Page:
Awkward and ascending: Actor Lola Kirke talks to Pip Usher about auditions, America and her next act.

   

I often play the subtle, intelligent, awkward babe,” says Lola Kirke, slouching in a chair at the home that she shares with her boyfriend in East LA. Run through her current roll call of film credits and you’ll realize she’s not far off. First, there was Lola’s breakout lead role in Mistress America as Tracy Fishco, a beret-wearing college freshman. Then there is AWOL, a lesbian love story set in a small Pennsylvania town. With her flat, husky voice and melancholy gaze, the 26-year-old actor seems tailor-made to portray the angst-ridden experiences of growing up, falling in love and trying to figure out one’s identity in a world that’s not always receptive. “I want to play all kinds of people,” says Lola. “But maybe that’s what I have to contribute to the world right now.

Alongside her aptitude for awkwardness is a worldliness at odds with the naïveté of her on-screen characters. Lola’s family left southwest London when she was five years old and moved to New York City. Her father, Simon, was the drummer for rock band Bad Company while her mother, Lorraine, owned a much-adored vintage clothing boutique in Manhattan’s West Village. Eldest sister Domino is a musician and doula recently married to Gossip Girl star Penn Badgley, while middle child Jemima is a painter and actor most famous for playing wild child Jessa in Girls. Cousins in London include Charlotte Olympia, the fashion designer, and Alice Dellal, the model. The family’s bohemian credentials are supported by substantial wealth: Lola’s maternal grandfather was property tycoon Jack Dellal.

Growing up in a “dramatic and chaotic” household, Lola says much of the mayhem revolved around her older sisters as they battled through their teenage years. (Jemima has spoken candidly about her destructive relationship with drugs and alcohol.) “My ‘perfection’ or ‘goodness’ was a reaction to [my sisters’] trouble. I couldn’t have existed without it,” she shrugs. “But I’m grateful that I got to watch them go through the things that they went through. It helped me make choices with my life.

Decades later, the implications of Lola’s status as the youngest sibling came up while working with a voice teacher to fix her lisp. “She said, ‘Did you have to be charming and disarming as a kid?’” Lola remembers, joking that the teacher must have been a psychic medium to get into her head like that. “She told me to say the word ‘sister.’ Under the guise of making me practice words with ‘s’ in them, she struck at the root of why my lisp existed in the first place.”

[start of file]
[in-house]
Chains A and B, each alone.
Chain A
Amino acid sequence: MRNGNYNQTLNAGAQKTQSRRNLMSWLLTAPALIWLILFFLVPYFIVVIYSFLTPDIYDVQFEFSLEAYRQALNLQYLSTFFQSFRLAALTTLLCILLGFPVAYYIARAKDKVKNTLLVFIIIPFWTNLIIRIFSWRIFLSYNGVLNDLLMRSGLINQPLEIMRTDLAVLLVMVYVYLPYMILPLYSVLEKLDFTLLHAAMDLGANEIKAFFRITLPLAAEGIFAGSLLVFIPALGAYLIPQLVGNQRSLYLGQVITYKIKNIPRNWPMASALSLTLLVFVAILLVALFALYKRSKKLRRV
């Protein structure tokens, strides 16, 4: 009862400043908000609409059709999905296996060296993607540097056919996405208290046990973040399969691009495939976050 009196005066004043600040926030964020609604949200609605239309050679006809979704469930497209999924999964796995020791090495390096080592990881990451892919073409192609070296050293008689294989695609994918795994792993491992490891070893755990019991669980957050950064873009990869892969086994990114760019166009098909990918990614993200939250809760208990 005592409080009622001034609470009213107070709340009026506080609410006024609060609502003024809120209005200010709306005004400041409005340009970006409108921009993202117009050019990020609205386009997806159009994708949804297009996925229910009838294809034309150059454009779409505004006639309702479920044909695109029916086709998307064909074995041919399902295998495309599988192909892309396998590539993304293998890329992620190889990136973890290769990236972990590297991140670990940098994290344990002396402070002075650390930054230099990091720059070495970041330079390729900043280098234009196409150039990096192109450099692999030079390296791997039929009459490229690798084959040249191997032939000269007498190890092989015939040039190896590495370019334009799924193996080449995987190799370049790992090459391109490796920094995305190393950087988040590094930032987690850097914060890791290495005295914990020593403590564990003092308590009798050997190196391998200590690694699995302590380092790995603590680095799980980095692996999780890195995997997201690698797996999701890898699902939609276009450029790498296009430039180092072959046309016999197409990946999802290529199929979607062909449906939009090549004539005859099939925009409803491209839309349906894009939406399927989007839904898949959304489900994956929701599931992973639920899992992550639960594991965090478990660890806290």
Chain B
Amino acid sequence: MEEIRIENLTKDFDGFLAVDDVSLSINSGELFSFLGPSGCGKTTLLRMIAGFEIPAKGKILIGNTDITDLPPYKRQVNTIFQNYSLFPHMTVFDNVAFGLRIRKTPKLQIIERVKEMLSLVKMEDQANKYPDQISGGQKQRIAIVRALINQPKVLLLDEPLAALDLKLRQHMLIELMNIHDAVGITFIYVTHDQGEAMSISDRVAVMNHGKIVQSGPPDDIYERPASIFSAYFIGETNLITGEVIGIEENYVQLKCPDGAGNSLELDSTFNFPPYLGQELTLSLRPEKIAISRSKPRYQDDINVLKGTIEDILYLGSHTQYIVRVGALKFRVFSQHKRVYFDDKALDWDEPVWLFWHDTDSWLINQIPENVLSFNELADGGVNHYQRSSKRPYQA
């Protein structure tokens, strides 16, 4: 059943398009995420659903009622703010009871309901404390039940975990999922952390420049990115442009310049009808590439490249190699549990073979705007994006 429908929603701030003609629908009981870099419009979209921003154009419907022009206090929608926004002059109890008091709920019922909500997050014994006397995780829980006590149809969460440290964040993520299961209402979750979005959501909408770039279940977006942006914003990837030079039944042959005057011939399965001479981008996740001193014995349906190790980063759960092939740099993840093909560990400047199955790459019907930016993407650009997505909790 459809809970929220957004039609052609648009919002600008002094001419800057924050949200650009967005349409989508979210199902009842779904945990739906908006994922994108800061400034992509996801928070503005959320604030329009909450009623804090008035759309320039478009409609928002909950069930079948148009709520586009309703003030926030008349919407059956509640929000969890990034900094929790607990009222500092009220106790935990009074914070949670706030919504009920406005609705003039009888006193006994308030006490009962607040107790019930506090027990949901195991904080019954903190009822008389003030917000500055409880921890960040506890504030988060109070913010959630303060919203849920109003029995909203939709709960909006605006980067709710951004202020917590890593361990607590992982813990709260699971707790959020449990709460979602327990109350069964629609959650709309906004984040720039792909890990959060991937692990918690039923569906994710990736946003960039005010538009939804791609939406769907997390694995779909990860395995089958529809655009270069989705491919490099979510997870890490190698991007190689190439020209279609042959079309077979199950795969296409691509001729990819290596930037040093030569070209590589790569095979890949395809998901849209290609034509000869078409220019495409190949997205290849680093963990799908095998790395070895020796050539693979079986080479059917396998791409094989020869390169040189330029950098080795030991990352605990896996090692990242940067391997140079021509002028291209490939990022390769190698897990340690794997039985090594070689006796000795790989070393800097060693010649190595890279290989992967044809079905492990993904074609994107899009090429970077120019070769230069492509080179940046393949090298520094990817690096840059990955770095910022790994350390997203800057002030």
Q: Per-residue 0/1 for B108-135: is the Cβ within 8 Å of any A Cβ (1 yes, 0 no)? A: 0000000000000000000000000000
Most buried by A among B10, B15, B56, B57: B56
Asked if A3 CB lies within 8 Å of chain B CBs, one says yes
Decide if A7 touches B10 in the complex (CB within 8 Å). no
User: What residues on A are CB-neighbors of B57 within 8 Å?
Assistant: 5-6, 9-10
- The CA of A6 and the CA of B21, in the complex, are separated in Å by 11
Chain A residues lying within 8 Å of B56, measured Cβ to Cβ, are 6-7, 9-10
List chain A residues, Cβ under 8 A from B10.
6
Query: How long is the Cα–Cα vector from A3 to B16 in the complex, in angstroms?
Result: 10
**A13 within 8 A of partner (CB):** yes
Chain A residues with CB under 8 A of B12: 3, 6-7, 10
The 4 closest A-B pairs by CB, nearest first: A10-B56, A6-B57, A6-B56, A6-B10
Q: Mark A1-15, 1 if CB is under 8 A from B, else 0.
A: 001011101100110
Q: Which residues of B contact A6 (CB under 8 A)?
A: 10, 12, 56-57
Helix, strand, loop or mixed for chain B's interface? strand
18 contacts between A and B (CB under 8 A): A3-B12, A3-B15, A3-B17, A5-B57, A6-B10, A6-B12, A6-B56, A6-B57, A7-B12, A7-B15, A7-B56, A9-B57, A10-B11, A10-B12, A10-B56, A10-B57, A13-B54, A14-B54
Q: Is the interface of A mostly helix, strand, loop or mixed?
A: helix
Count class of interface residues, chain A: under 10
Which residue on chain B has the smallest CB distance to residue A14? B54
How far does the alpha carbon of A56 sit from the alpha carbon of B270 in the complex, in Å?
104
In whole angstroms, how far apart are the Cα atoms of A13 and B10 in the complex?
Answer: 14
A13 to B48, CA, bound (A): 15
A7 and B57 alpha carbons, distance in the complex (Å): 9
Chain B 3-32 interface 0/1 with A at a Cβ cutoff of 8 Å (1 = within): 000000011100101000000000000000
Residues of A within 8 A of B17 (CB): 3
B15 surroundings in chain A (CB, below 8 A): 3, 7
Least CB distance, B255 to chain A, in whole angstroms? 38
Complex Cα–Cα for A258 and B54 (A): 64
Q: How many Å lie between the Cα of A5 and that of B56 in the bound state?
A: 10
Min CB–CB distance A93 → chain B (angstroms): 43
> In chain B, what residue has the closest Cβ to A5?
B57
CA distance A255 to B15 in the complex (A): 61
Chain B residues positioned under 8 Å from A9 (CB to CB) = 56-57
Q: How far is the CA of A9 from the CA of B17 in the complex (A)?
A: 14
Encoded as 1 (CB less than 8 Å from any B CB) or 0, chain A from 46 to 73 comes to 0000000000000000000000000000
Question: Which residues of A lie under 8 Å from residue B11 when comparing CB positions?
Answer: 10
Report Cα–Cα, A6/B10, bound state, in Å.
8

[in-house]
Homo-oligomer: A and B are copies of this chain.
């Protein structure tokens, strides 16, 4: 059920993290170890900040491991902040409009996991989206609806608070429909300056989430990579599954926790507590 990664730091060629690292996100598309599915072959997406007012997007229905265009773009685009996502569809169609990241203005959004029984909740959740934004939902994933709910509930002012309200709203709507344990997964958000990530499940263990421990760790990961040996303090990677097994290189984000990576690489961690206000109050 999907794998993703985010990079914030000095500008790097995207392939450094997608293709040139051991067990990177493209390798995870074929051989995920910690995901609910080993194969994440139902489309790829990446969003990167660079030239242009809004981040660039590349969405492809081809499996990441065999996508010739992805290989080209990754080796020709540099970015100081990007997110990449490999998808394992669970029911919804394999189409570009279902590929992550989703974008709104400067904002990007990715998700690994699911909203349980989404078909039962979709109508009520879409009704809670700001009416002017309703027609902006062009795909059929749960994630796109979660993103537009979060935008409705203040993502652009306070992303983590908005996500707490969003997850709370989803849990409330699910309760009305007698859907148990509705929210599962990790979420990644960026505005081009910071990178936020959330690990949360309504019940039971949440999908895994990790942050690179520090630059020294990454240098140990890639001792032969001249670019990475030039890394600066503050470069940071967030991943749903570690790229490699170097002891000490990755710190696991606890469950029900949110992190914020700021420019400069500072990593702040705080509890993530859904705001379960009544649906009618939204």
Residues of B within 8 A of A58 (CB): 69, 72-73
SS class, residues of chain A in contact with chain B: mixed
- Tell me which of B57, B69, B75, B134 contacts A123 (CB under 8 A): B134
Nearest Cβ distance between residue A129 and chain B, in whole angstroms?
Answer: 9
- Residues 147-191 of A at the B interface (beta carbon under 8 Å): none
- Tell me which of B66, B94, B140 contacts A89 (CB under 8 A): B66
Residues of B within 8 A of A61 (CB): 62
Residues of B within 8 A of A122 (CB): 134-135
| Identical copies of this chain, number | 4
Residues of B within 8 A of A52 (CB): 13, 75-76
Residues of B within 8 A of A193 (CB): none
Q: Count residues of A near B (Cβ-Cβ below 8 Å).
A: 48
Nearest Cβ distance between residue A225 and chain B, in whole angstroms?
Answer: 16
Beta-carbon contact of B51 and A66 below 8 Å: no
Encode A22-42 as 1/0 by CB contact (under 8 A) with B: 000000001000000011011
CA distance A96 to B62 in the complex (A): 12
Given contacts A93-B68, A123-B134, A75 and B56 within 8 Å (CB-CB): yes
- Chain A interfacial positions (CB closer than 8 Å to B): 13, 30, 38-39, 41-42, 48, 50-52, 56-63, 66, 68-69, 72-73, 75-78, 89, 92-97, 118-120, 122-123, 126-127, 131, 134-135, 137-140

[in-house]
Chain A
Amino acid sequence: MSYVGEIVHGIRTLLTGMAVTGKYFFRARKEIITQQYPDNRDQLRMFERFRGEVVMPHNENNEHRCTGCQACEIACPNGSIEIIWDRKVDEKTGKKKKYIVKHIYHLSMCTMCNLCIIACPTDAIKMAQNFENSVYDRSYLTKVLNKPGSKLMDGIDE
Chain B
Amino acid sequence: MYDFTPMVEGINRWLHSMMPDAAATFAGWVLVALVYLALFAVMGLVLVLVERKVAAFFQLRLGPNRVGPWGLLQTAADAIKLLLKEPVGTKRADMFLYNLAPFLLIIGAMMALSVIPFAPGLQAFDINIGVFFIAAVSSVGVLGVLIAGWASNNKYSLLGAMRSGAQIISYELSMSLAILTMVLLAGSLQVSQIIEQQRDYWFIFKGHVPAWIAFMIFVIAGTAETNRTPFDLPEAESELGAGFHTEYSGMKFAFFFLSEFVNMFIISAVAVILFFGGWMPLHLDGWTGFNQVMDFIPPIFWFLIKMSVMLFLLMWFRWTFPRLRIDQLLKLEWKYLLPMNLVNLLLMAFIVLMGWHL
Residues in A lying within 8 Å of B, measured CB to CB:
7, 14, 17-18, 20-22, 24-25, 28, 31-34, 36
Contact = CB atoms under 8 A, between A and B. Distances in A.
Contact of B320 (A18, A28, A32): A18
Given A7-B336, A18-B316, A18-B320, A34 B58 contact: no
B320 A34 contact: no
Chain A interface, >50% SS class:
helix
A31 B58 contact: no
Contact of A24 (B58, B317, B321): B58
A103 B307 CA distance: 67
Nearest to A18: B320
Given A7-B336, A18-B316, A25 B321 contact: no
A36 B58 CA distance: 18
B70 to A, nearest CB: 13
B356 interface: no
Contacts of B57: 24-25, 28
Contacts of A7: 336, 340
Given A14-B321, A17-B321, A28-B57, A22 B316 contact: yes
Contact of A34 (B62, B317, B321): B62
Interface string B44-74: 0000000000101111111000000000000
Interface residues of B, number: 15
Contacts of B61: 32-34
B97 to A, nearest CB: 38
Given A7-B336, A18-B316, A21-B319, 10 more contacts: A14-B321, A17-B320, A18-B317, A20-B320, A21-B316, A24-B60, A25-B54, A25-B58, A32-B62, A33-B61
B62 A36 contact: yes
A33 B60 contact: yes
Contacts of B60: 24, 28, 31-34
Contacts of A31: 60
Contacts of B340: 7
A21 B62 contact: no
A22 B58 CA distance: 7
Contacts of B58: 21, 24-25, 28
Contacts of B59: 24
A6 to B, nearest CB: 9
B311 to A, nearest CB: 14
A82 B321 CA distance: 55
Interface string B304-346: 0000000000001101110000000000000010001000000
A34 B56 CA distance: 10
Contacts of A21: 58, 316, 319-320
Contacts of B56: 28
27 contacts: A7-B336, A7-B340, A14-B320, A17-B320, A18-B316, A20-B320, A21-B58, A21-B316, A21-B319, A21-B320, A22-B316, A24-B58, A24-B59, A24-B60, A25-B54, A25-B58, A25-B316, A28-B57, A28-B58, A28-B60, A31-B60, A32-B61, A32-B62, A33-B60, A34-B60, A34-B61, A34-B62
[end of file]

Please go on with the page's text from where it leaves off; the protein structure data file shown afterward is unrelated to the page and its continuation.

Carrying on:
Although Lola had pursued acting since childhood—“I would go to one audition a year when I was younger and delusionally think that would lead to immediate success”—it wasn’t until she graduated from private liberal arts enclave Bard College that acting amped up into a full-time career. She had had a “psychic understanding” that she would work with American filmmaker Noah Baumbach when she first met him, at age 14, at an audition for his film Margot at the Wedding. While she wasn’t offered that part her chance to collaborate with Baumbach finally came a decade later in the shape of screwball comedy Mistress America.

I auditioned eight times for that movie. It was such an intense, long, drawn-out process,” she says of the three-month-long tryout. When Noah and his co-creator, actor Greta Gerwig, eventually offered Lola the part of Tracy, her elation was mixed with sheer relief that the auditioning was over. “They had me come for a meeting at DreamWorks. The movie isn’t even made by DreamWorks—I think they were probably just trying to seem fancy. We sat at the end of a long table and Noah talked about it for a while until they said, ‘We want to make this movie with you,’” she recalls. “I couldn’t believe it, but I also felt like… fucking finally.

Full article: kinfolk.com